Cohesion in parent-adolescent relationships within different family structures and birth orders


Abstract only availablePrevious research reports relationship closeness and cohesion between parents and adolescents decrease throughout adolescence (Collins, 1990; Collins & Russell, 1991; Hill & Holmbeck, 1987). It has also been found that birth order and family structure play a role in changes in conflict and cohesion (Campione-Barr, N. & Pasch, 2008; Campione-Barr & Smetana, under review; Vandewater, E.A., & Lansford, J.E. 1998). The purpose of the present study was to examine cohesion and closeness between parents and adolescents in different family structures and birth orders. It was hypothesized that two-parent families with first-borns would have greatest cohesion, followed by two-parent later-borns, then single/step-parent family first-borns and then single/step later-borns would show lowest cohesion. Participants included 118 adolescent boys and girls in 7th and 10th grade, along with a parent. Participants were equally divided between two groups: those who were first-born in their families and those who were later-born. Three separate hierarchical regression analyses were used to test the hypotheses; one for adolescents' relationships with their mothers, one for their relationships with their fathers, and one for the participating parent's relationship with their adolescent. According to adolescents, those in two-parent families had more trust and communication with fathers than those in single or step-parent families. According to parents, trust and communication were greater in two-parent families than in step-parent families and relationships were better with first-borns than with later-borns. There were no significant effects for adolescents' reports with mothers.Emerge Summer Undergraduate Research Internshi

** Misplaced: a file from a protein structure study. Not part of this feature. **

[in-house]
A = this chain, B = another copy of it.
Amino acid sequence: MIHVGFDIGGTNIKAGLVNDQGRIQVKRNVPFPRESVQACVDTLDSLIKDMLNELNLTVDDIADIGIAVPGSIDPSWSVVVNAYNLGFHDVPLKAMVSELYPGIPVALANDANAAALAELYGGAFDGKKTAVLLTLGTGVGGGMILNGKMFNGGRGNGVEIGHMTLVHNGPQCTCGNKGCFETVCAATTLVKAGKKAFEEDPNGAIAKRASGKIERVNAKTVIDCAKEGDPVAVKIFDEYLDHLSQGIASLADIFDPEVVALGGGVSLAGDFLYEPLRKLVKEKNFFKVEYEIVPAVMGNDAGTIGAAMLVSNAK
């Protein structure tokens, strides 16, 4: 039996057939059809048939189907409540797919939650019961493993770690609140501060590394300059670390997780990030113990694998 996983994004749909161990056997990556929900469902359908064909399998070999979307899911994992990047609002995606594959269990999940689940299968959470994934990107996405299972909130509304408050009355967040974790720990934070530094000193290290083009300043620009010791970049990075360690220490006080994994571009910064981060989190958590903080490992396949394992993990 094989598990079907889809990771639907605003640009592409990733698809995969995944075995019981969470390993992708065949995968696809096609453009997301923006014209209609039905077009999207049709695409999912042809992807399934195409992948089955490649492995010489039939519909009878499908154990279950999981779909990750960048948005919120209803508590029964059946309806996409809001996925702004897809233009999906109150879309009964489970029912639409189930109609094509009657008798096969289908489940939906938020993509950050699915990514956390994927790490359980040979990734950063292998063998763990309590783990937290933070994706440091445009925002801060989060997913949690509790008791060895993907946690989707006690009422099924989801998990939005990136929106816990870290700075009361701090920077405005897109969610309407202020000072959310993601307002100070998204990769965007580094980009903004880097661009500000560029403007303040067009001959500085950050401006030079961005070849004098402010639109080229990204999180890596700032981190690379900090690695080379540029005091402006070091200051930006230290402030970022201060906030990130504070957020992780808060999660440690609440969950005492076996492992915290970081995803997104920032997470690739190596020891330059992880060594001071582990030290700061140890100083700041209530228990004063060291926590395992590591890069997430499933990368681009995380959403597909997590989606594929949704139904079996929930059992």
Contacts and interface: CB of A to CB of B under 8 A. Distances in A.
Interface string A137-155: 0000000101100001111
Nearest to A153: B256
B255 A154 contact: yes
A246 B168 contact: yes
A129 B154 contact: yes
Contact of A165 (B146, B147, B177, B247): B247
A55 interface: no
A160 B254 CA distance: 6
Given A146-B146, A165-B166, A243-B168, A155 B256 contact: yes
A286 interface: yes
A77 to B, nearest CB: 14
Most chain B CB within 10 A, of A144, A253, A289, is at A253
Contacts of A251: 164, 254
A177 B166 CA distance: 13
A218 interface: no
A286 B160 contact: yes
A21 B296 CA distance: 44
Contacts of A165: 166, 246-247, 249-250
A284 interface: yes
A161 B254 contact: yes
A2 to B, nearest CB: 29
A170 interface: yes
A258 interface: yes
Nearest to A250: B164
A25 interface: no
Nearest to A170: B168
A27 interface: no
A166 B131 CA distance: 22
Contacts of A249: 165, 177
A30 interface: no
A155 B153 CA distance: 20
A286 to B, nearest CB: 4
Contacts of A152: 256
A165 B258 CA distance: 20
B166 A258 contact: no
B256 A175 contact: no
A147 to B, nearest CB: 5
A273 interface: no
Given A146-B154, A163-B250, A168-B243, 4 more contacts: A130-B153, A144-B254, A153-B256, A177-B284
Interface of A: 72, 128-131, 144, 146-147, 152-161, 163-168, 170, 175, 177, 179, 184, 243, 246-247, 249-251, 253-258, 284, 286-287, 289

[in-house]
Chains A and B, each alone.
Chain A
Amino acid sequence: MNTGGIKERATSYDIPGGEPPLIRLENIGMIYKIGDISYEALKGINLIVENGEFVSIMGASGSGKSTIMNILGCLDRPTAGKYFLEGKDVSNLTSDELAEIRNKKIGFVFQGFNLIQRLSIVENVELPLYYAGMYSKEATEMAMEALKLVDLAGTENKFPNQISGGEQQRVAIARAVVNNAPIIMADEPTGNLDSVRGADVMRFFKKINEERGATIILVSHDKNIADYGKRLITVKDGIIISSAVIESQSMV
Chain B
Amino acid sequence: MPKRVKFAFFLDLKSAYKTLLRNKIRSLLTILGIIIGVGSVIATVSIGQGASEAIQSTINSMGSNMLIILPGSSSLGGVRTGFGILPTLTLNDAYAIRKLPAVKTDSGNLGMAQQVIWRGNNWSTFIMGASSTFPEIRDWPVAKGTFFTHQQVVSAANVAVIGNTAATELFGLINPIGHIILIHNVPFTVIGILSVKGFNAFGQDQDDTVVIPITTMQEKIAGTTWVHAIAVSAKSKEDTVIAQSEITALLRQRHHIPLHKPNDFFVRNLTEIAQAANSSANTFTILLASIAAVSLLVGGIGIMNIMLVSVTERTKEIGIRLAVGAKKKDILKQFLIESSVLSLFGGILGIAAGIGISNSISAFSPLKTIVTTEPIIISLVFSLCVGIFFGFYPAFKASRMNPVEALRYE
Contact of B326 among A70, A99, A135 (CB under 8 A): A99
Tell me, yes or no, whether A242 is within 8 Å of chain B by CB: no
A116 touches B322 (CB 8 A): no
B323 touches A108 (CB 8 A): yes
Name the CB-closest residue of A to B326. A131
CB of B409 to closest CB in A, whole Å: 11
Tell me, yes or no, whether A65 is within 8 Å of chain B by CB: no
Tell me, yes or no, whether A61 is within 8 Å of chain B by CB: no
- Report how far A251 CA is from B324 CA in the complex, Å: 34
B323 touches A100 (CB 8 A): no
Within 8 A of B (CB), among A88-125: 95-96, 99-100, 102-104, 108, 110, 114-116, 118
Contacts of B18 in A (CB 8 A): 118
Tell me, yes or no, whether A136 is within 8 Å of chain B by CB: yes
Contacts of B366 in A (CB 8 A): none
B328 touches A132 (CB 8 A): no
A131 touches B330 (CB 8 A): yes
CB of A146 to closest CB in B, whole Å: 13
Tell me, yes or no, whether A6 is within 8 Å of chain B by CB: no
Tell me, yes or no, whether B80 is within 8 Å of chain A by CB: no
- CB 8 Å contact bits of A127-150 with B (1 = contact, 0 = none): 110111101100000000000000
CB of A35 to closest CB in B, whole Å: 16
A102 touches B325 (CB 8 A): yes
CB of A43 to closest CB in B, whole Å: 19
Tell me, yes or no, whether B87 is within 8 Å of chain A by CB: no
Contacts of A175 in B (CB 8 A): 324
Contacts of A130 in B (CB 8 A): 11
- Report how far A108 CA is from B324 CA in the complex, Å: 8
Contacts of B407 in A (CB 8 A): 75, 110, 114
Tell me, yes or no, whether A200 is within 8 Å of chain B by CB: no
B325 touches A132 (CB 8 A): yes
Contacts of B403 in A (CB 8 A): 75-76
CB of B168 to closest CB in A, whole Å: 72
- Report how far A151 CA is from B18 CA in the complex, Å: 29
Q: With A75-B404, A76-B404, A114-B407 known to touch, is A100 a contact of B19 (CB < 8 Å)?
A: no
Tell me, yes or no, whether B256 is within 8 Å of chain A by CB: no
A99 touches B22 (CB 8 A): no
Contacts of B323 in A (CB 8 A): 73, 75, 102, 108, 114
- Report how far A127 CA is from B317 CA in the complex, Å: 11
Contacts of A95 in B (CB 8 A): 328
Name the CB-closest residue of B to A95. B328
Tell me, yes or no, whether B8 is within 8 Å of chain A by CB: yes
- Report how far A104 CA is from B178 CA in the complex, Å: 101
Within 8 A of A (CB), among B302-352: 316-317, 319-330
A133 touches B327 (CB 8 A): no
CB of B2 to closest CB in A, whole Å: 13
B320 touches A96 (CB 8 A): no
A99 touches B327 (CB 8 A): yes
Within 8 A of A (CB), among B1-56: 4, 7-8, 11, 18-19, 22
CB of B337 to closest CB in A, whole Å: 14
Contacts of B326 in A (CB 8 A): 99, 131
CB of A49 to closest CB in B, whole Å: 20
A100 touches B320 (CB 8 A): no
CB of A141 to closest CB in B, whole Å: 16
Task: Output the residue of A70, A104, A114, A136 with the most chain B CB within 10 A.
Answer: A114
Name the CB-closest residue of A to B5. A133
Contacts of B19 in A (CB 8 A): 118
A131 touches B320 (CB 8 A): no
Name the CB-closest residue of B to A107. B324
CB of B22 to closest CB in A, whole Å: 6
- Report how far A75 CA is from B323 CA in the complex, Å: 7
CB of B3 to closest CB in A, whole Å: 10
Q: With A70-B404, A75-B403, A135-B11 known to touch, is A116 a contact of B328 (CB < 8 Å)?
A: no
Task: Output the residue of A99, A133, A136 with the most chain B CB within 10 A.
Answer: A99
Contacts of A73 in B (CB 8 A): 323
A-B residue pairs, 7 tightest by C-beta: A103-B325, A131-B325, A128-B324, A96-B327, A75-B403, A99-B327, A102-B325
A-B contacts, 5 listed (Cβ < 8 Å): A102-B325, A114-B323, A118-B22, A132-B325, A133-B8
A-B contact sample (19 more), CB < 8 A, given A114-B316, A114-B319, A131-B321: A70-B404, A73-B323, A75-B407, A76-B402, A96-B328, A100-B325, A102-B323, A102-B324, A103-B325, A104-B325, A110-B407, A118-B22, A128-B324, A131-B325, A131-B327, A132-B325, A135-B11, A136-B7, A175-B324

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University of Missouri: MOspace

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